Apparently, Jameis Winston has declared he is entering the 2015 NFL Draft. This doesn’t surprise many people, I think.
Tweet of the Morning
Calipari: "If Moody doesn’t cramp up, we probably lose the game."— Kyle Tucker (@KyleTucker_CJ) January 7, 2015
Hypotheticals are just as meaningless when you win as when you lose, but boy, was Moody hot, or what?
Just a little reminder to those few who see glass half empty: Really felt comfortable & safe with Harrison twins on floor at crunch time.— Oscar Combs (@wildcatnews) January 7, 2015
This is not a knock on Booker or Ulis; Both played fine. What we all have to understand is that every skill has value, but only a very, very few have it all. The point of this is that the Harrison twins have been much maligned (again, deservedly so in some regards) but they are getting better and better just like everyone else, and that creating “who should be the starter” wars in situations where all are getting big minutes is unproductive.
The final point — we are very lucky to have all these guys.
Good to know:
Contrary to what has been said earlier, the Damien Harris announcement is NOT open to the public— Matt Jones (@KySportsRadio) January 7, 2015
Ole Miss didn’t beat Kentucky, but it proved that Kentucky can be beaten, according to David Gardner at Sports Illustrated.
I think that misses the mark. There was never any rational doubt that Kentucky could be beaten. There was never any real doubt of what it would take to beat them — hot shooting. The only question was, could any team get hot enough, for long enough?
The answer is still technically “no,” although it could just as easily have become yes, and certainly Ole Miss provided one blueprint. In the final analysis, anyone with a smidgen of basketball knowledge understands that any team can, and most likely will, be beaten. The unlikely “can anybody beat Kentucky?” narrative has finally, I hope, been put on temporary hiatus, but it doubtless will return if the Wildcats don’t find an Ole Miss night waiting for them at every turn.
If that means Kentucky loses a few votes in the polling, or even gets dropped to #2 or lower, does not concern me. What concerns me is NCAA Tournament championship #9.
It was supposed to be so, so easy.
No sweat, no problem. The SEC wasn’t supposed to be just bad in basketball, the SEC was supposed to be really bad in basketball. So, surely, as the No. 1 team in America, the most dominant team in quite some time, Kentucky would take the conference in a cakewalk.
I just want to point out to John Clay that this was not the team’s thinking, but rather his colleagues in the media. John Calipari has been scoffing at this stuff all season, and so have we here at A Sea of Blue, for the most part.
Embrace the hate:
John Calipari really doesn't care about his players. His interviews consist of him saying look how good of a coach I am.— Kyle waltos (@Kylewaltos24) January 7, 2015
C.L Brown for ESPN says the Ole Miss game was just Kentucky “hitting the snooze button.” Seriously, he thinks that. He doesn’t give any credit to Ole Miss, and in fact mocked them a little.
This guy drives me nuts. He always gets it wrong. Why he gets this spot escapes me; his points are garbage, throw-away crap that a competent 13-year old could write.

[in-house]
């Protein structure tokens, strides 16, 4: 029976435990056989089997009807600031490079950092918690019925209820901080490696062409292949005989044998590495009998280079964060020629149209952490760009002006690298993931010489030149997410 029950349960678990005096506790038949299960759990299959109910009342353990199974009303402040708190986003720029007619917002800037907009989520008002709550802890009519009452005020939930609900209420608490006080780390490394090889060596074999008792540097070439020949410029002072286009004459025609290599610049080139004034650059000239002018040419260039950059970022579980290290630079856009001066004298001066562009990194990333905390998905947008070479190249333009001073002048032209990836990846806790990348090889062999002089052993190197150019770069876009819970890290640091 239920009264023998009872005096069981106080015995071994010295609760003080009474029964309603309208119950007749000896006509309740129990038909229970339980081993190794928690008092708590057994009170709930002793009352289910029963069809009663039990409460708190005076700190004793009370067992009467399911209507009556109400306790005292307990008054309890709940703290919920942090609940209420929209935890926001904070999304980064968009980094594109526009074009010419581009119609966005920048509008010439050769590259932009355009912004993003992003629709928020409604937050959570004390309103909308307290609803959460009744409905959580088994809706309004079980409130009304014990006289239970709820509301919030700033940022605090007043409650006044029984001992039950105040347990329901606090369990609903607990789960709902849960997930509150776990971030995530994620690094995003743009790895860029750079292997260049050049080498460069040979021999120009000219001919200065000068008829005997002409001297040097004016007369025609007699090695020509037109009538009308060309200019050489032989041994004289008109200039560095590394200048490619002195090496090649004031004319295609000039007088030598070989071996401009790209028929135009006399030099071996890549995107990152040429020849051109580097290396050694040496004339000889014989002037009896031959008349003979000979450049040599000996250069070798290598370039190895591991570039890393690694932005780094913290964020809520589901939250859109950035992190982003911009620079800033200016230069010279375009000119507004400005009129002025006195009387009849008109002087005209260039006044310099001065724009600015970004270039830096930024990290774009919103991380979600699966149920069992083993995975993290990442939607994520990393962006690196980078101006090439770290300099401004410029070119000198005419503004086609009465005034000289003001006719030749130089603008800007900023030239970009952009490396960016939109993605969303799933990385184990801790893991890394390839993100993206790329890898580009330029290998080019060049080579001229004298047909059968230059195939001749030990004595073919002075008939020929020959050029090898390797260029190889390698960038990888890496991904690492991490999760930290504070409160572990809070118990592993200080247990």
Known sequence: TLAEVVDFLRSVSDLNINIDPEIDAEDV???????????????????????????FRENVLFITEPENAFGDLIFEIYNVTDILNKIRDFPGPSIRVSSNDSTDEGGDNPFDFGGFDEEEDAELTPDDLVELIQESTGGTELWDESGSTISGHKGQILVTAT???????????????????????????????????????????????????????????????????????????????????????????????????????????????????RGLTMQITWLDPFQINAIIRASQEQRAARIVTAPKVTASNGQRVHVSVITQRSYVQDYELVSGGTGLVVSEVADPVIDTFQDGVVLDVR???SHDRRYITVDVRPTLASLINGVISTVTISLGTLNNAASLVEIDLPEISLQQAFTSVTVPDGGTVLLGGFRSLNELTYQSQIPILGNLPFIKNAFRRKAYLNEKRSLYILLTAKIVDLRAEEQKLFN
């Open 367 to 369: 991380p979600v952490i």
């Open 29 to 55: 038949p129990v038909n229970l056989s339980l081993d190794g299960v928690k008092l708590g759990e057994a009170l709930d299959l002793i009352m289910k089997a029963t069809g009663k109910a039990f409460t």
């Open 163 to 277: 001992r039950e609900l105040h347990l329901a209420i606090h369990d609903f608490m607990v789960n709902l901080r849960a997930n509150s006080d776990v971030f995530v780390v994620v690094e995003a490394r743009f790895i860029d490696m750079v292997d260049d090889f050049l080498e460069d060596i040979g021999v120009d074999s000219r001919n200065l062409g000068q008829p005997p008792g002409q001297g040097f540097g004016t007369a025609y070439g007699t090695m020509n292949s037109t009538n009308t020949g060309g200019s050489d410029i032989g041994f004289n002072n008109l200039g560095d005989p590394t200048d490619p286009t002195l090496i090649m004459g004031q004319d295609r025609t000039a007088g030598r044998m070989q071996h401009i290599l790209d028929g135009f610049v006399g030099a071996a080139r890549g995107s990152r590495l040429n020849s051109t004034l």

Ole Miss fans should direct hate mail his way. Your team didn’t have anything to do with this, Rebel fans, it was just Kentucky sleepwalking through the game and they beat you anyway. I guess I should be flattered, but I find myself just a bit salty over the stupidity and unfairness of it.
“Shoot, we go 11-for-20 from the 3-point line and just escape?” Calipari said afterward, almost recoiling in his chair. “What? Now, if we were 11-for-20, you’re going to say we won by 40. We went 11-for-20 from the 3-point line and just escaped. Like, we just wanted to make sure the time ran out. We ran off the court.”
Exactly. Coach Cal gets it exactly. Kentucky didn’t play badly, they just ran up against a team making shots, executing brilliantly, and playing a game Kentucky hasn’t seen this season.
I’m going to tell you the biggest play of the game, it was Andrew (Harrison) jumping to tip the rebound free. And Devin running down the ball. Biggest play of the game. That gave us our chance to win the game. Did that have anything to do with skill? No. That’s just what I kept telling them.
This is the “crux of the biscuit,” as Frank Zappa would say. You can have all the skill in the world, but without determined effort (what Calipari means by “fighting”), you can be undone by somebody with less skill but more determination, willing to lay it all on the line.
If I had a criticism about the Wildcats last night, it’s that they weren’t always doing that.
Ricky O’Donnell wonders if Ole Miss figured out a blueprint for beating Kentucky. My response is simply this: Hot shooting is a blueprint for beating everybody. He who scores the most, wins.
Yes, the Rebels rebounded fairly well, but UK still won the glass. A lot of that was a consequence of many long shots, something Kentucky has to do a better job rebounding. We have been poor all year at rebounding missed threes.
Other Kentucky sports
Alabama’s defense needs an upgrade for 2015. No doubt about that, I thought Alabama’s defensive front looked pretty inferior against the Buckeyes.
Vanderbilt defeats Auburn. This might be Kevin Stallings best coaching job ever.
Arkansas escapes a close call at Georgia. Both teams are good, and the game reflected that.